How do antibody characteristics impact clinical success?
The analytical report ‘Influence of Antibody Attributes on Clinical Success – A Technology and Coporate Benchmark Analysis’ evaluates the impact of a number of antibody attributes on the success rate of antibodies in clinical development. Among the antibody attributes studied in this investigation are antibody generation technology, animal species of the parental antibody, antibody format, immunoglobulin class and isotype, target, and therapeutic area. Information from more than 500 naked recombinant monoclonal antibodies was used for this research. Antibodies which failed in clinical development were further analyzed for the reason of failure and phase in which they were discontinued. Biotech and pharmaceutical companies with a significant R&D portfolio of therapeutic antibodies were benchmarked for their antibody success rate in development and the underlying antibody attributes contributing to success.
Specific antibody attributes evaluated for their influence on success in clinical development in this research study are:
- In vitro antibody generation technologies: display technologies from CAT, Dyax, Morphosys, BioInvent, Domantis, Genentech, others;
- In vivo antibody generation technologies: chimeric, primatized, nanobodies, deimmunized, human engineered, humaneered, humanized, XenoMouse, HuMab mouse, KM mouse, VelocImmune mouse, human B-cell derived;
- Animal species of parental wild-type antibody: mouse, rat, rabbit, hamster, cynomolgus monkey, camelid;
- Immunoglobulin (Ig) class;
- IgG isotype;
Therapeutic area of lead indication.
When discovering a new monoclonal antibody, researchers have a number of choices to make regarding antibody generation technologies as well as antibody format and immunoglobulin isotpye among other attributes. One of the basic controversies in selecting the antibody generation technolgoy is the question whether antibodies generated in vitro by display technologies are really equivalent to those generated in vivo by a competent immune system.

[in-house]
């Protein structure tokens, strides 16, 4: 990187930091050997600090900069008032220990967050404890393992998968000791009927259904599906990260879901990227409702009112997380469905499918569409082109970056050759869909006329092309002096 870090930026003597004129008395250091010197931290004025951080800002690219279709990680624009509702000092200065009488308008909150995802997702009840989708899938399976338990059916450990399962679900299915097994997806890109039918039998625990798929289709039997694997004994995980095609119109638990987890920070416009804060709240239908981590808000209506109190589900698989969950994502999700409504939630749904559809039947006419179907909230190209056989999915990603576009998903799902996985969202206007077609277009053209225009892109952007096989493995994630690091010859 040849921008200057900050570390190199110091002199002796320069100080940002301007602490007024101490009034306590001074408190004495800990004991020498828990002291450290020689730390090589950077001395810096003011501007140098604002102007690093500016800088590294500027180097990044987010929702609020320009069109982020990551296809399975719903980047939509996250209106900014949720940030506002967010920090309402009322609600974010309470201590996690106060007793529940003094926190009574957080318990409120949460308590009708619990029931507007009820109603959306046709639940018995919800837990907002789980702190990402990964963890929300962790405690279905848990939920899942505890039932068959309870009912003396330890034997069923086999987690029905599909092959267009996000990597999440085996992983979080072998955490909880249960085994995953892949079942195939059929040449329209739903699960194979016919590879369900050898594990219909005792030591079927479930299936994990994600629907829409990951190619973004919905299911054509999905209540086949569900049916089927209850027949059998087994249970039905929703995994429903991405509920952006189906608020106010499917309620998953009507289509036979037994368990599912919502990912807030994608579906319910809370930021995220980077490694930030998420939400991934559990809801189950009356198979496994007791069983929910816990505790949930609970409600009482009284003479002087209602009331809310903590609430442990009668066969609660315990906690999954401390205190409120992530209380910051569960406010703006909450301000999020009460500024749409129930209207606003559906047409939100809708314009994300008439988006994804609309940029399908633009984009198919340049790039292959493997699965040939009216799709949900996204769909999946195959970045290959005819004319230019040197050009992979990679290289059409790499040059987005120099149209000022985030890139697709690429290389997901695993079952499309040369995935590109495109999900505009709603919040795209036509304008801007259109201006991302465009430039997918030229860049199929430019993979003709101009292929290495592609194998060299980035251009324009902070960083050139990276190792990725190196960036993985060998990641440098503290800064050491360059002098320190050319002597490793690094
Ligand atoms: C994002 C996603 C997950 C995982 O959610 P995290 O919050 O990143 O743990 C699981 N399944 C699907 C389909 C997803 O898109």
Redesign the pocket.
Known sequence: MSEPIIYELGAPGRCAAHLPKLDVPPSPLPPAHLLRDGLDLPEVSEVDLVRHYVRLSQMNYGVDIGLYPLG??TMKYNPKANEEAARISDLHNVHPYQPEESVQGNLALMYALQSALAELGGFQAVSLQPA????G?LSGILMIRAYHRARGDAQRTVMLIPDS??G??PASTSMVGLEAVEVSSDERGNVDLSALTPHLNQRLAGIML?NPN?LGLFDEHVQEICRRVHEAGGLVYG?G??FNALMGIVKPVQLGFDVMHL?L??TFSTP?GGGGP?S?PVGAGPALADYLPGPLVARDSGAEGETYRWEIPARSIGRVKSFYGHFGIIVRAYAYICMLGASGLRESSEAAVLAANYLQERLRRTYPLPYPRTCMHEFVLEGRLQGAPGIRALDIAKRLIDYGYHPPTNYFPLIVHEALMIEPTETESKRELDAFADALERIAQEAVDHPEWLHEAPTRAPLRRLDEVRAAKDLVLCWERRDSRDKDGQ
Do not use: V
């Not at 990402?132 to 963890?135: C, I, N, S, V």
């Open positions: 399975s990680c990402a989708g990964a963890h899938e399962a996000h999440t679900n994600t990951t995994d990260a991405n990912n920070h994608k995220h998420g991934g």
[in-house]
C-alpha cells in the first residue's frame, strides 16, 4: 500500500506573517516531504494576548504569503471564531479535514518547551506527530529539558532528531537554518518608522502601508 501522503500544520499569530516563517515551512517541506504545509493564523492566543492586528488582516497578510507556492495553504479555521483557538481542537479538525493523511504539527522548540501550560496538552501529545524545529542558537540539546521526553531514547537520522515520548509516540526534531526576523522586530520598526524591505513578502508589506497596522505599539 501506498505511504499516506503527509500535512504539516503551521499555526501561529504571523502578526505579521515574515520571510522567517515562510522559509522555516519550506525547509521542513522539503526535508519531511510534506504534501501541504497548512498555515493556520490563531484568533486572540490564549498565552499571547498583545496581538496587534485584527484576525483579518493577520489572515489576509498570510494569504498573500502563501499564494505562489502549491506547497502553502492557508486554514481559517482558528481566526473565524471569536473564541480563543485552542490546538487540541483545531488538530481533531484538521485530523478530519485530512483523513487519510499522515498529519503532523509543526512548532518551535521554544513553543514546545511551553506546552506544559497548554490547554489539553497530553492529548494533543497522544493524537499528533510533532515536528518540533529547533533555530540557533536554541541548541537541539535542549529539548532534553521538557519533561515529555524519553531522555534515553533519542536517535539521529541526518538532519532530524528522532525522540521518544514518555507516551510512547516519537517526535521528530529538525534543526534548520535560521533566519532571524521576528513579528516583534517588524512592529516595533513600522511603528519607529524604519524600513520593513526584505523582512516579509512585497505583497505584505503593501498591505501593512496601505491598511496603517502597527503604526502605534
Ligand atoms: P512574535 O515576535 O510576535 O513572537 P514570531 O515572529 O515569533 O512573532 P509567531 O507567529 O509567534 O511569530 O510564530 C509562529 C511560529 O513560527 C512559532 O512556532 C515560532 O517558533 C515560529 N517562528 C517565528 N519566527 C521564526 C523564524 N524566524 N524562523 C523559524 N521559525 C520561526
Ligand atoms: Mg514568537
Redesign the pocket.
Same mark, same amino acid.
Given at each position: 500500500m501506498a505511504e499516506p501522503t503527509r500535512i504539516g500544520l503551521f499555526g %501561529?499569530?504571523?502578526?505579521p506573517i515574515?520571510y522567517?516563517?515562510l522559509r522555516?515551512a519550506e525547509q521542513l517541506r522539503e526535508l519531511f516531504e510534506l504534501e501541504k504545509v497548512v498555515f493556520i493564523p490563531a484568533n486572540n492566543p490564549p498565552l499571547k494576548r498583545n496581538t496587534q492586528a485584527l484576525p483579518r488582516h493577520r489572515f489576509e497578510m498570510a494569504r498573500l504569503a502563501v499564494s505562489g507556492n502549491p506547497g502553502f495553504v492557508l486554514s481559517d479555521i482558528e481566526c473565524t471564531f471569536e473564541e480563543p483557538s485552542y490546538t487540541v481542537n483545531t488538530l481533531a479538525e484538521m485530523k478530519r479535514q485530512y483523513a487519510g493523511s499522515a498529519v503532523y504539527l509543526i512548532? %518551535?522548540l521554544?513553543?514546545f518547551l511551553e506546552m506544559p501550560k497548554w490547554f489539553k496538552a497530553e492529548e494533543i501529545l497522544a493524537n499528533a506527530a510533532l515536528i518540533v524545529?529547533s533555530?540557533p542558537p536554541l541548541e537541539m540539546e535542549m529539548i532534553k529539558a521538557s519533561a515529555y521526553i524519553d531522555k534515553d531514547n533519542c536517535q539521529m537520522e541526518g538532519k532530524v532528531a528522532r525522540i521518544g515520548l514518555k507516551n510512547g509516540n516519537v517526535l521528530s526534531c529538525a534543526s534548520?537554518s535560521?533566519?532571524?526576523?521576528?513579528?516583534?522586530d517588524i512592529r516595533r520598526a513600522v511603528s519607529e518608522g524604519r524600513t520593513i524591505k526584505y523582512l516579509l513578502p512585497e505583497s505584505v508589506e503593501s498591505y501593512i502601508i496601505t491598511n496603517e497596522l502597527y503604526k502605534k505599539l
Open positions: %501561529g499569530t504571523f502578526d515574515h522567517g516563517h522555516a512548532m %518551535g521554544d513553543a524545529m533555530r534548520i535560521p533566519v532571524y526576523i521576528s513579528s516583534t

Typical questions in antibody R&D are:
- When selecting an in vivo system for antibody generation, are conventional in vivo systems with an animal immune system and subsequent chimerization or humanization creating the same as „modern“ transgenic animals?
- Are full length antibodies more successful than modern engineered nanobodies, scFv molecules or even domain antibodies?
- Do companies have different success rates in their antibody development portfolio?
- And, if yes, are they using different technologies than their peers which could explain the difference?
- Is there a different success rate of antibodies against the same target based on generation technologies or other attributes?
- Are there therapeutic areas with higher likelihood of successful development of antibodies than others?
- What are the main reasons for antibody failure in clinical development?
- In which phase do antibodies typically fail?
This analytical report will give you answers for many of these questions. The results of the analysis show–
- whether and how antibody generation technologies differently impact clinical success;
- why and when antibodies fail;
- how target selection influences clinical success;
- if antibody format, class and isotype is relevant for development success;
- the antibody success rate of therapeutic areas;
- which companies are the most successful and which antibody attributes they prefer.
Spanning over 88 pages and 45 tables, “Influence of Antibody Attributes on Clinical Success – A Technology and Coporate Benchmark Analysi” report provides an overview antibody technologies and attrition rates industry analysis 2013.
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